According to court records, a former employee is suing Wine Spectator for discrimination.
April Louis, who underwent initial gender-change surgery just months after being hired, alleges discrimination by the magazine, claiming that Wine Spectator and several of its employees create a hostile work environment and failed to provide access to “gender-affirming” care. The suit names Wine Spectator’s parent company, M. Shanken Communications Inc. of New York City; MaryAnn Worobiec, Wine Spectator’s Napa bureau chief and senior editor; and Laura Zandi, president, and chief operating officer at M. Shanken Communications.
Louis, an assistant tasting coordinator and writer, filed the complaint Tuesday in Napa County Superior Court. The document claims that Wine Spectator was guilty of transgender discrimination, harassment, failure to prevent discrimination, retaliation, and other allegations related to its “blind tasting” protocols.
Louis states the magazine disregarded the need for time off of work to continue to receive “gender-affirming” medical procedures and for workplace accommodations during recovery from each procedure, according to the complaint. According to the lawsuit, Louis underwent surgical procedures in April and July of 2022. The suit further alleges that Louis “came out” as transgender in May 2020, returning to work 11 days after the first procedure and several weeks after the second. In November 2022, Louis underwent a third related surgery and resumed working in early January 2023. The document further alleges that communication with the employer included a schedule delineating follow-up appointments and “needs related to rehabilitation and recovery.”
Louis’ lawsuit cites insensitivity over struggles with recovery, including significant psychiatric and psychological disabilities, the need for psychiatric treatment, and a referral to an inpatient facility for psychiatric care. Louis alleges that on Feb. 9, 2023, Wine Spectator invoked an “involuntary administrative leave,” followed nine days later by immediate termination during a video conference meeting with Worobiec and Zandi. According to the filing, Louis received a termination package that day, including canceling medical insurance coverage.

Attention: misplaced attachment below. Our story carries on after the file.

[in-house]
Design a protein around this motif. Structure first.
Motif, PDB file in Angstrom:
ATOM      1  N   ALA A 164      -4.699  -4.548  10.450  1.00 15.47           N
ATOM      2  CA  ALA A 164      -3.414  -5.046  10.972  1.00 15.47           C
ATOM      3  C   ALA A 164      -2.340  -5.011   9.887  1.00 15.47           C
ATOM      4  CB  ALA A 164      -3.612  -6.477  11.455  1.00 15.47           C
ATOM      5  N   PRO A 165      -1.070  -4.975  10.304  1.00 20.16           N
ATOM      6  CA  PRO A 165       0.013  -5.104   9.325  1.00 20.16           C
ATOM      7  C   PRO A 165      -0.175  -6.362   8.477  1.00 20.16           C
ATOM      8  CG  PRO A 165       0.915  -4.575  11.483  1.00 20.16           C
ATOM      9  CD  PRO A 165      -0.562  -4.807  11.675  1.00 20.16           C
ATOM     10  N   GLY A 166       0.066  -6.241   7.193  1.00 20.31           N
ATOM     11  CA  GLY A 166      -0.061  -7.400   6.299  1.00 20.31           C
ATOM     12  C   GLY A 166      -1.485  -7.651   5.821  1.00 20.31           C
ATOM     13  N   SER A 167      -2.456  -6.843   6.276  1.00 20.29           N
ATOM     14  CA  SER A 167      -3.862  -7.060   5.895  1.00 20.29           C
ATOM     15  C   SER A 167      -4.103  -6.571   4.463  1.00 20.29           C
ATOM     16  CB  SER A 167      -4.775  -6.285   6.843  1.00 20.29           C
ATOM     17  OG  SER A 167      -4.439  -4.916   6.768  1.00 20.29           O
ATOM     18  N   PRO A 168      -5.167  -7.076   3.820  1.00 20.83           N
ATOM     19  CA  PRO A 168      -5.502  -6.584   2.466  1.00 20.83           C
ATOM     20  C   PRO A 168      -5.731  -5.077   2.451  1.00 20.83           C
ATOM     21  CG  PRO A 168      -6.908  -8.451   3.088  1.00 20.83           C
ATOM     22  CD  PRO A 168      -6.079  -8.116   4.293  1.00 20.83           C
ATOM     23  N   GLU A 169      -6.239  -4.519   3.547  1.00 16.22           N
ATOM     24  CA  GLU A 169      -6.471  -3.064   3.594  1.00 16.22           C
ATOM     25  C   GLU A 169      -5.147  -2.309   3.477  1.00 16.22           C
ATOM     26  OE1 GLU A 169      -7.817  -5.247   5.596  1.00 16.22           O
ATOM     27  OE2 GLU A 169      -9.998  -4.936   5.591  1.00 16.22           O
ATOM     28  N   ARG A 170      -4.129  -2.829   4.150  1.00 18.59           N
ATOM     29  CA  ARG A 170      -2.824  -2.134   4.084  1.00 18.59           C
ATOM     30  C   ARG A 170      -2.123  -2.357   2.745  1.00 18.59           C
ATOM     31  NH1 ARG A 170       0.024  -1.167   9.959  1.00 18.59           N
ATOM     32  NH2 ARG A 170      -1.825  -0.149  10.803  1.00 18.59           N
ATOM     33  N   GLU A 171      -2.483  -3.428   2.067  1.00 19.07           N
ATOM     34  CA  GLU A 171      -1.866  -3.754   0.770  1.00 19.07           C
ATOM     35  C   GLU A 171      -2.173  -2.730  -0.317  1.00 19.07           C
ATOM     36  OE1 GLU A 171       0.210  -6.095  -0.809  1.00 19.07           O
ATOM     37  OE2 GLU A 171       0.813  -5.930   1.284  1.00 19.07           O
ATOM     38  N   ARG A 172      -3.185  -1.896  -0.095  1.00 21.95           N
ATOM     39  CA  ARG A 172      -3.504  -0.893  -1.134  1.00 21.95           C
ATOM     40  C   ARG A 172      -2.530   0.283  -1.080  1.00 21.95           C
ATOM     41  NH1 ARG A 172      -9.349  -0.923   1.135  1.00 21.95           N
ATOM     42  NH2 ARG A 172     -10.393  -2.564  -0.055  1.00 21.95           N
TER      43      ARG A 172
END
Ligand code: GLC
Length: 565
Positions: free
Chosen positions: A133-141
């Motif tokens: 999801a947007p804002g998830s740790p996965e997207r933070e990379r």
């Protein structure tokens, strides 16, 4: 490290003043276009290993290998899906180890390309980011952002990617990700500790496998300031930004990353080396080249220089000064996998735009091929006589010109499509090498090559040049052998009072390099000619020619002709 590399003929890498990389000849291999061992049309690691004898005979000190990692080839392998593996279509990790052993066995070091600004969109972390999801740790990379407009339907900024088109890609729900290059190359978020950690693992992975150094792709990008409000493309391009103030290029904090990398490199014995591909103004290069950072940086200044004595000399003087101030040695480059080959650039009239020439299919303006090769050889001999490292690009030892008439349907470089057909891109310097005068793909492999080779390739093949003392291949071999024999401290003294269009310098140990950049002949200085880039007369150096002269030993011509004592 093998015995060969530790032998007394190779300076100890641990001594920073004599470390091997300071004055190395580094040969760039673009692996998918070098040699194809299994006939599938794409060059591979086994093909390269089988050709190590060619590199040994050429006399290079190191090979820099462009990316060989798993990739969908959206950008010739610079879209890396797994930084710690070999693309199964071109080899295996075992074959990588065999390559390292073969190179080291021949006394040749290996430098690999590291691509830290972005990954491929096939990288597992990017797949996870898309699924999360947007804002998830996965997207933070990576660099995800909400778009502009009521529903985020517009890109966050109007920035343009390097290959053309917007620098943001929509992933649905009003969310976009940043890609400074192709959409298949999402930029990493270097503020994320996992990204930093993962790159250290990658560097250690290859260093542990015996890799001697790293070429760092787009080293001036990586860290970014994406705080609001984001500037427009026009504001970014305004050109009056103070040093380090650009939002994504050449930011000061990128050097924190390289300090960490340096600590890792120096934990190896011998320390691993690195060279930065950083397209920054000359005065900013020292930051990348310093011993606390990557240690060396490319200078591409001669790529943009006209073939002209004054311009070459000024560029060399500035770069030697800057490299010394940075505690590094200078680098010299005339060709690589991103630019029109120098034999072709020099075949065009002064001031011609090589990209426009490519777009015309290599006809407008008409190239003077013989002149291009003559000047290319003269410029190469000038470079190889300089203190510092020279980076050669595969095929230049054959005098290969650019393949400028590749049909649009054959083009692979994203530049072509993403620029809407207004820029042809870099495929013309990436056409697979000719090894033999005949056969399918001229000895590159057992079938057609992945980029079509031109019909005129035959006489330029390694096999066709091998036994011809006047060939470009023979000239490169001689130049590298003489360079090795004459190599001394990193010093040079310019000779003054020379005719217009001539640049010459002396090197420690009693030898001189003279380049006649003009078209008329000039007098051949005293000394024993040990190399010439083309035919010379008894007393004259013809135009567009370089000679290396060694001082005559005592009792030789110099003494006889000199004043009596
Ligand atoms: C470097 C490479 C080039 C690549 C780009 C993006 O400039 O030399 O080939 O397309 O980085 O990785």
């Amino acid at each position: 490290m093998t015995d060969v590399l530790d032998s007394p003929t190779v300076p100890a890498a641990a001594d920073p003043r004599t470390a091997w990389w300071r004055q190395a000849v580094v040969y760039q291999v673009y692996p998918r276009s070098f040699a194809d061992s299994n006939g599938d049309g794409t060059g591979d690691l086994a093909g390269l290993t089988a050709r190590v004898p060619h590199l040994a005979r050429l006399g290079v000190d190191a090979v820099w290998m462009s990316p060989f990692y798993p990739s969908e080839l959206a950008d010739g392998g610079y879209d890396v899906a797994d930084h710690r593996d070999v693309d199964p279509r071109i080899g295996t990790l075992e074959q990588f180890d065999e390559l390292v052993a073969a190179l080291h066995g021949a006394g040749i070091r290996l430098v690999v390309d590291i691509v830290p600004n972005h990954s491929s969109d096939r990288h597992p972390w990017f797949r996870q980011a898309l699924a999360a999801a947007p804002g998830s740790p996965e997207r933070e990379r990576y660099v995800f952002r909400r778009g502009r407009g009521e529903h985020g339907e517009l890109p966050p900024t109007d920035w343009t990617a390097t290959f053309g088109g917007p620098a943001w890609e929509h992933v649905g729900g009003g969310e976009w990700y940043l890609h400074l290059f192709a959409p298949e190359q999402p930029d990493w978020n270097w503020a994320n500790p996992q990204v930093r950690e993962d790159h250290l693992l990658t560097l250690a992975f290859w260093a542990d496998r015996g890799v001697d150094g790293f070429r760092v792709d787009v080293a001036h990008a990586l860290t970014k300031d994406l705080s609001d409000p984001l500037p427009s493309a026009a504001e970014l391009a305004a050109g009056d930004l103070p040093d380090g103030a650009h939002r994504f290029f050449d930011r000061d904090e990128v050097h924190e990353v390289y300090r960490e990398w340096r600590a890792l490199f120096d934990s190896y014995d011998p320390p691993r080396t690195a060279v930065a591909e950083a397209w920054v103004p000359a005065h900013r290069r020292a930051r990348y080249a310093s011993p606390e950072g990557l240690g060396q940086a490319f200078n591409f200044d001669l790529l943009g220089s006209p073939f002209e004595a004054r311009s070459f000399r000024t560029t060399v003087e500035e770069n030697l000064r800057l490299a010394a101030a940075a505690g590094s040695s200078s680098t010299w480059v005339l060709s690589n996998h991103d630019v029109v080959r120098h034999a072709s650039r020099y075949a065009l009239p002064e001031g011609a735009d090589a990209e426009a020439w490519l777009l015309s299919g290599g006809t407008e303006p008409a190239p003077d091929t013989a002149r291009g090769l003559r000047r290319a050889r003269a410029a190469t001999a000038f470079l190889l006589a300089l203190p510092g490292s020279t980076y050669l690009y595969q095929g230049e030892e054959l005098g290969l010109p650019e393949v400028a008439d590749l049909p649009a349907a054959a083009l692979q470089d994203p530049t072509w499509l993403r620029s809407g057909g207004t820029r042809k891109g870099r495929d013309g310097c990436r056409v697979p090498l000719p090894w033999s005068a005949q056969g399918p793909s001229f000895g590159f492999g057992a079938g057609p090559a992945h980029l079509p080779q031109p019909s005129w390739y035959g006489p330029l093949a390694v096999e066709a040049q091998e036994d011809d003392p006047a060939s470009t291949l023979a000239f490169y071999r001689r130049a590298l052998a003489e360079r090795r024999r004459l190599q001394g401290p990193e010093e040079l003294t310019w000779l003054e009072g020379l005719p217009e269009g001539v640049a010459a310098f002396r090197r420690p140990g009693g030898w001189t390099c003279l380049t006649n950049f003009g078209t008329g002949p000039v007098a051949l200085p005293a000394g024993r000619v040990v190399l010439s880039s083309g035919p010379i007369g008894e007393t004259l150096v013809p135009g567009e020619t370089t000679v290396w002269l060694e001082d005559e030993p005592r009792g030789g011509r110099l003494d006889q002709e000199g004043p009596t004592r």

Louis claims that a work performance review scheduled upon return from the second surgery in July 2022 was “targeted and calculated” based on timing. Louis complained about being treated differently than other employees seeking “essential medical care,” based on alleged concerns by staffers about the time Louis would be away from work after medical procedures and during recovery.
Louis also alleges retaliation for reporting that the wine reviewer violated the magazine’s blind-tasting and scoring policies. Typically, paper bags cover wine bottles during blind tastings, but in October 2022, Louis allegedly alerted that a wine reviewer “repeatedly” changed wine scores after opening bags “mid-flight” – after the wines “were no longer ‘blind’ in the wine tasting process,” according to the complaint. The lawsuit alleges that Louis’ complaints contributed to the termination.
Louis alleges that the hostile workplace was specific to transgenderism, referencing “obscene language, demeaning comments, and slurs” from coworkers and “multiple offensive and harassing comments and questions” from Worobiec directly to Louis. In one specific incident, Worobiec allegedly told Louis that she did not like “drag queens” and that they made her “uncomfortable.”
“Everybody deserves a work environment free of harassment,” one of Louis’ attorneys said on Thursday.
Michael Weber, an attorney for M. Shanken Communications and the other defendants, stated in an email Friday, “The allegations in the complaint are without merit, and our clients plan to vigorously defend the case.”